Walrus Sightings, Brexit Sites, Wearable Tech, More: Monday Afternoon Buzz, July 25, 2016


Now available: a walrus database. “For 160 years, seafarers have braved polar bears, storms and bitter isolation to observe huge herds of walrus gathering off the coast of Alaska and Russia each summer. For the first time ever, all records, from aerial surveys and island expeditions to 19th Century diary entries and maps by Russian explorers, have been compiled in a single database.”

The UCLA Library has published an online archive of Brexit campaign Web sites. “The UK European Union Membership Referendum Web Archive captures information from 46 important ‘remain’ or ‘leave’ websites published by the UK government, trade unions, business groups and environmental and academic grassroots organizations. Also included are the websites of scholarly organizations such as Academics for Europe, Historians for Britain in Europe and the Federal Trust for Education and Research.”

Two companies are teaming up to create a database of wearable tech. “Vancouver-based Vandrico Solution and Deloitte have partnered to create a Wearable Technology Database with a goal of compiling a list of all ‘wearable products.’ The database currently includes 442 devices from 306 companies, with specific categories in the head, neck, torso, chest, arm, wrist, hand, legs, and feet categories.”


The Digital Library of Georgia has relaunched its Macon Telegraph newspaper archive. “The Macon Telegraph Historic Newspapers Archive is now compatible with all current browsers and provides access to early issues of the Macon Telegraph ranging from its inception as a weekly newspaper in 1826, through the daily issues of the early twentieth century without the use of plug-ins or additional software downloads. Consisting of over 51,000 newspaper pages, the website provides historical images that are both full-text searchable and can be browsed by date.”


German Pearls: 21 Amazing Google Cardboard Apps. “If you’ve been wondering what virtual reality (VR) is all about here’s a list of Google cardboard apps where you can explore new worlds and new adventures. There’s more to virtual reality than just playing VR games. With these VR apps you can explore places in the world you’ve never seen, take tours through other parts of the universe, experience extreme sports first hand or immerse yourself in a scary movie. The best part is that you don’t have to be a tech geek or spend a lot of money to check them out!”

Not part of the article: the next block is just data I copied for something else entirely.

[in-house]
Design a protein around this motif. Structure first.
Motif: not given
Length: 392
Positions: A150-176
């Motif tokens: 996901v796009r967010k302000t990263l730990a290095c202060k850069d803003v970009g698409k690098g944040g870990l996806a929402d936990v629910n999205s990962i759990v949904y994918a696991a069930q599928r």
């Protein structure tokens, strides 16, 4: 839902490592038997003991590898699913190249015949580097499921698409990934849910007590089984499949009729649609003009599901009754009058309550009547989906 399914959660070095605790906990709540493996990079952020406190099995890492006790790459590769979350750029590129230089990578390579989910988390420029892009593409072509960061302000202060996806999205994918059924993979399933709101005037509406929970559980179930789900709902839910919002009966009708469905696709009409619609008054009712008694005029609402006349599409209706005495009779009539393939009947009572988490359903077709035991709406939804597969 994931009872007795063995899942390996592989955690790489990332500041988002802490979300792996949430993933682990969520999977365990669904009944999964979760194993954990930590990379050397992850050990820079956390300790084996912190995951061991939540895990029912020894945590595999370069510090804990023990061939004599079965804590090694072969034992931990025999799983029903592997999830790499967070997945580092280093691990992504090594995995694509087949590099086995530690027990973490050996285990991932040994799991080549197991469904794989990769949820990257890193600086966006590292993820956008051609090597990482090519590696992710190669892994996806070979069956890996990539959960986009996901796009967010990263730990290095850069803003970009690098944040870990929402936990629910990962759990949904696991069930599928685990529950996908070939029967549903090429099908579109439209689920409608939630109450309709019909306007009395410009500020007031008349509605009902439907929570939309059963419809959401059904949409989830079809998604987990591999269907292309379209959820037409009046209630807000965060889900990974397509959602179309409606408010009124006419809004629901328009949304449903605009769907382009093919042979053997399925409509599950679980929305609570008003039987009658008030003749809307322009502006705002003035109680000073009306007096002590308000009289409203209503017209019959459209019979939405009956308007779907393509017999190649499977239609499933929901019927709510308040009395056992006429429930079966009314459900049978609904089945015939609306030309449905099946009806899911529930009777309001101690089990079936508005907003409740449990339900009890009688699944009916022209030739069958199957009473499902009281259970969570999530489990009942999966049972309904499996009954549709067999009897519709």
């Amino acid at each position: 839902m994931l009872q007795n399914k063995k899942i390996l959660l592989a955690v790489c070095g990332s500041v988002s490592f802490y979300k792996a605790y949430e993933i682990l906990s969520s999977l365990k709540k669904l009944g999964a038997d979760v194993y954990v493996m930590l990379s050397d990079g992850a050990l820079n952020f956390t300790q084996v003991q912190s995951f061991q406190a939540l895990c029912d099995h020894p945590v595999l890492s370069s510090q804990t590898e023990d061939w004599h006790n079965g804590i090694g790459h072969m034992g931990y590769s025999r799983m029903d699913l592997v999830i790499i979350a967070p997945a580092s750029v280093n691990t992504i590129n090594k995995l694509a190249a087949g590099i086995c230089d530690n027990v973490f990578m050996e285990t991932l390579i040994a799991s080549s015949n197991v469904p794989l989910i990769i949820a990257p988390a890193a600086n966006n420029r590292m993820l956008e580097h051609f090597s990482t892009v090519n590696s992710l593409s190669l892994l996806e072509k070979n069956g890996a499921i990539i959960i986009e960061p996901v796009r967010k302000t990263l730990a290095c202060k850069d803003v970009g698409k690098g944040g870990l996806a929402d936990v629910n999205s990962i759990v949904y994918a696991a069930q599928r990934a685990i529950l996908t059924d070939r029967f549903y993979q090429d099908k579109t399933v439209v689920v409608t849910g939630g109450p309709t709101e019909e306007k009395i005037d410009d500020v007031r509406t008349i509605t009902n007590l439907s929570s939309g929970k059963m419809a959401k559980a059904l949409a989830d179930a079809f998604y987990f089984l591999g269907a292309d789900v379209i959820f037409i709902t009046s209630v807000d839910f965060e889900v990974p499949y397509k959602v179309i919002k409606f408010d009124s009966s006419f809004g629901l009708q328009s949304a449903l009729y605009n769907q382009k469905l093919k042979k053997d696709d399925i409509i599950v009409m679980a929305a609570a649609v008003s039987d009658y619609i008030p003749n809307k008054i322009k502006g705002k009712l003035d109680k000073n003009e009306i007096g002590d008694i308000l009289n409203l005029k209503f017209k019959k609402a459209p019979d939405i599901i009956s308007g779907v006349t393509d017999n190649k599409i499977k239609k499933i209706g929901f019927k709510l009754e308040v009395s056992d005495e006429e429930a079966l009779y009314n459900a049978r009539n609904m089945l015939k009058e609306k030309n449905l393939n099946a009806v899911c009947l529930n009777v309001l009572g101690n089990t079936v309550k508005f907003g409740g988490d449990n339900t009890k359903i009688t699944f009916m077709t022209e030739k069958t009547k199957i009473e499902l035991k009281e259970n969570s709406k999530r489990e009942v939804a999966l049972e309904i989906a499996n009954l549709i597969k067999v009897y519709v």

Geektime has a writeup on a tool that translates natural language questions into SQL queries. “Kueri’s system enables developers to implant a unique search box within apps. The search box knows how to take questions from end users in natural language … and translate them into SQL queries in real time. The app can run the queries through the database and display the results to the user. In addition, in order to make it even easier for the end user, it facilitates automatic completion during typing, with completions of words and smart suggestions according to the context of the search and database.”


Huh. From TNW: When social goes wrong: My Vine feed is shockingly racist, and there’s no way to fix it. “Much of my Vine homepage is full of stupid ads for getting free ‘hoverboards’ or iPhones. It’s garbage, and I can’t get it to go away, no matter how many users I block. For You is a safe haven — or it should be. While Vine doesn’t say how it arrives at populating your feed, the assumption is that it’s based on your like and revine history. Which makes the fact that my ‘For You’ feed is really racist much more confusing.”


Yes, one of the benefits of Snapchat is that it’s not as permanent as other social networks. But if you decide to steal a vehicle and Snapchat the whole thing, you’re gonna get caught. “A New York man was arrested by Ocean City police on Saturday evening after stealing a Jeep Wrangler and driving it erratically on Coastal Highway all while recording the incident on Snapchat.”


Wow: using neural networks to turn face sketches into photorealistic images. How cool is this? “A team of four neuroscientists at Radboud University is working on a model for inverting face sketches to synthesize photorealistic face images by using deep neural networks. The results of the study (Convolutional Sketch Inversion) were first made available in the online archive arXiv and have recently been accepted at the European Conference on Computer Vision in Amsterdam.”

It’s good to stop and remember sometimes that more than half the world is still not on the Internet. “About 3.9 billion people, or 53 percent of the population, will still be offline at the end of this year, the International Telecommunication Union estimates. Even in Europe, the most connected region, 20.9 percent of all people aren’t online. In Africa, the least connected continent, 74.9 percent are offline.” Every week I have dinner with my family. Of the eight people usually at that dinner, three of them have no Internet access and don’t want it. Another one has access but as far as I know never uses it. And I’m in the US! Good afternoon, Internet…

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